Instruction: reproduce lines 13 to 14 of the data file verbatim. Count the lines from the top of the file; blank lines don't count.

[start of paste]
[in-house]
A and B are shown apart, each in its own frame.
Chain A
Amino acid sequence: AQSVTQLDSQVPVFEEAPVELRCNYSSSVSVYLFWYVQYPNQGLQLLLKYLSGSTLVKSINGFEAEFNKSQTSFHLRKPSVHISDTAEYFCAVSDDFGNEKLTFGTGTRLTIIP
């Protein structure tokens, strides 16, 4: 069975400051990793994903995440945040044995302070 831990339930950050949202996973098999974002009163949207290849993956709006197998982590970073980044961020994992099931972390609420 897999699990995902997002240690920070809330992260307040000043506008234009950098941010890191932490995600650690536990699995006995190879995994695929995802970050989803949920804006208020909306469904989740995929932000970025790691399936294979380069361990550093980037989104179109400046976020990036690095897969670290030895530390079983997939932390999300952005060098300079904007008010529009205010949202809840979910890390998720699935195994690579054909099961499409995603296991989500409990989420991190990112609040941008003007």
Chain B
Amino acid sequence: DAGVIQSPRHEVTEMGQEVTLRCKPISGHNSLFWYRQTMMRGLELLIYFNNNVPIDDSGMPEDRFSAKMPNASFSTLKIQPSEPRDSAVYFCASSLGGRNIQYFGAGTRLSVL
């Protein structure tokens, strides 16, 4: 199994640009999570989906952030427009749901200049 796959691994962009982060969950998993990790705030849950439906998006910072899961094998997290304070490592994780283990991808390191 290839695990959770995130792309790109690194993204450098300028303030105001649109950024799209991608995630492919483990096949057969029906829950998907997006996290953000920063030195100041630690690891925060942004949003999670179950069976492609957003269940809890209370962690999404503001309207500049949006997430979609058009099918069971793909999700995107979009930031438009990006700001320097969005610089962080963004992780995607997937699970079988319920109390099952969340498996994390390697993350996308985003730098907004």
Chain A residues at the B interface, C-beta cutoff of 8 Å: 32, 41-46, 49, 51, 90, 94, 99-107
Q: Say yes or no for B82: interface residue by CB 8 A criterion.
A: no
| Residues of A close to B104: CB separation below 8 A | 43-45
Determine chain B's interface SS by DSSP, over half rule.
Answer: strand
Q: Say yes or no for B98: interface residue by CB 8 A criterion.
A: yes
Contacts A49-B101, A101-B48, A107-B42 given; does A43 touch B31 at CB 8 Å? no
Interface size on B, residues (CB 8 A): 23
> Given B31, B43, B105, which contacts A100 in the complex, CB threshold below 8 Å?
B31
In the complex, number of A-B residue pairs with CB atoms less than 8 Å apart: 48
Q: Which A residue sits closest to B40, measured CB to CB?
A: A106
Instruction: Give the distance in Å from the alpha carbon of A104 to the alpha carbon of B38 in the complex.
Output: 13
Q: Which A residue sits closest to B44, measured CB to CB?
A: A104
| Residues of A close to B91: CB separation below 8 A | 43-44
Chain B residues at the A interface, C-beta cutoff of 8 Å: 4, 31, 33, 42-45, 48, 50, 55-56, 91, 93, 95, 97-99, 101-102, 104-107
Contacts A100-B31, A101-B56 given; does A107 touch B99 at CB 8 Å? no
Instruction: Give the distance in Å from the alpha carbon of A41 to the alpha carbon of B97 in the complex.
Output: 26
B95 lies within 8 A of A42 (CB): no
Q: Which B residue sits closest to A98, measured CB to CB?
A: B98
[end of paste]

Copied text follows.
Determine chain B's interface SS by DSSP, over half rule.
Answer: strand